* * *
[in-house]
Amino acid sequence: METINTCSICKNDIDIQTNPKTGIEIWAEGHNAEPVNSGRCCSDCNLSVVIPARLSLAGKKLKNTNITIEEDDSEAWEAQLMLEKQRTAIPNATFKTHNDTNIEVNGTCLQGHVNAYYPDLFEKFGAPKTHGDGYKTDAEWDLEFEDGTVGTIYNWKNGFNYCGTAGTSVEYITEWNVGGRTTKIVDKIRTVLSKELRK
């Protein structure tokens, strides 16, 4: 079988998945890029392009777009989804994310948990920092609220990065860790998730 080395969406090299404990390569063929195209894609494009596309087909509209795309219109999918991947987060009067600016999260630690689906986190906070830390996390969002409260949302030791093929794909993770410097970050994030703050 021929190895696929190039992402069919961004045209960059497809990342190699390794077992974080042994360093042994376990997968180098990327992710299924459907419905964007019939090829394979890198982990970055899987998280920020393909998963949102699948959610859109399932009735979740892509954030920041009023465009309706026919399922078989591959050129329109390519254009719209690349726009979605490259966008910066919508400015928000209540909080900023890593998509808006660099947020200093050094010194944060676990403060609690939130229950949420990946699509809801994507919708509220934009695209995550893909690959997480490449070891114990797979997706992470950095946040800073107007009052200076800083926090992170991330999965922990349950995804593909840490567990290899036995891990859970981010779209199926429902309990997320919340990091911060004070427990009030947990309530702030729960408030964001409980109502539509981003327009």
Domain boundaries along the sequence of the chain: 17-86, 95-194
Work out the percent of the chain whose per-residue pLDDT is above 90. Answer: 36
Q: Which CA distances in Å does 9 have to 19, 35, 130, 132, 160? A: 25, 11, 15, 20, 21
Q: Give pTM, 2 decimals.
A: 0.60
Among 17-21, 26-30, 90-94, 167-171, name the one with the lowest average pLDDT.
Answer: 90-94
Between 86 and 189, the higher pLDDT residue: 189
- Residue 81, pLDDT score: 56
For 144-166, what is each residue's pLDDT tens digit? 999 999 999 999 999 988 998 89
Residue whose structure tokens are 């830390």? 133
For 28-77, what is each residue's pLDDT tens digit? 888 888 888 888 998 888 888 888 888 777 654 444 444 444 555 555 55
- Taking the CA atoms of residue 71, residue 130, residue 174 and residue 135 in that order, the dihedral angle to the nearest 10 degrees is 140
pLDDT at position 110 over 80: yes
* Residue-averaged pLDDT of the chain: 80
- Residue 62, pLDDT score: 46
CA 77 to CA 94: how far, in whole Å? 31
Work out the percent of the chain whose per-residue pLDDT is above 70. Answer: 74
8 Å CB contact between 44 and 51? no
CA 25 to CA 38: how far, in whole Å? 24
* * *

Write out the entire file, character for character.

[in-house]
Amino acid sequence: METINTCSICKNDIDIQTNPKTGIEIWAEGHNAEPVNSGRCCSDCNLSVVIPARLSLAGKKLKNTNITIEEDDSEAWEAQLMLEKQRTAIPNATFKTHNDTNIEVNGTCLQGHVNAYYPDLFEKFGAPKTHGDGYKTDAEWDLEFEDGTVGTIYNWKNGFNYCGTAGTSVEYITEWNVGGRTTKIVDKIRTVLSKELRK
């Protein structure tokens, strides 16, 4: 079988998945890029392009777009989804994310948990920092609220990065860790998730 080395969406090299404990390569063929195209894609494009596309087909509209795309219109999918991947987060009067600016999260630690689906986190906070830390996390969002409260949302030791093929794909993770410097970050994030703050 021929190895696929190039992402069919961004045209960059497809990342190699390794077992974080042994360093042994376990997968180098990327992710299924459907419905964007019939090829394979890198982990970055899987998280920020393909998963949102699948959610859109399932009735979740892509954030920041009023465009309706026919399922078989591959050129329109390519254009719209690349726009979605490259966008910066919508400015928000209540909080900023890593998509808006660099947020200093050094010194944060676990403060609690939130229950949420990946699509809801994507919708509220934009695209995550893909690959997480490449070891114990797979997706992470950095946040800073107007009052200076800083926090992170991330999965922990349950995804593909840490567990290899036995891990859970981010779209199926429902309990997320919340990091911060004070427990009030947990309530702030729960408030964001409980109502539509981003327009």
Domain boundaries along the sequence of the chain: 17-86, 95-194
Work out the percent of the chain whose per-residue pLDDT is above 90. Answer: 36
Q: Which CA distances in Å does 9 have to 19, 35, 130, 132, 160? A: 25, 11, 15, 20, 21
Q: Give pTM, 2 decimals.
A: 0.60
Among 17-21, 26-30, 90-94, 167-171, name the one with the lowest average pLDDT.
Answer: 90-94
Between 86 and 189, the higher pLDDT residue: 189
- Residue 81, pLDDT score: 56
For 144-166, what is each residue's pLDDT tens digit? 999 999 999 999 999 988 998 89
Residue whose structure tokens are 């830390």? 133
For 28-77, what is each residue's pLDDT tens digit? 888 888 888 888 998 888 888 888 888 777 654 444 444 444 555 555 55
- Taking the CA atoms of residue 71, residue 130, residue 174 and residue 135 in that order, the dihedral angle to the nearest 10 degrees is 140
pLDDT at position 110 over 80: yes
* Residue-averaged pLDDT of the chain: 80
- Residue 62, pLDDT score: 46
CA 77 to CA 94: how far, in whole Å? 31
Work out the percent of the chain whose per-residue pLDDT is above 70. Answer: 74
8 Å CB contact between 44 and 51? no
CA 25 to CA 38: how far, in whole Å? 24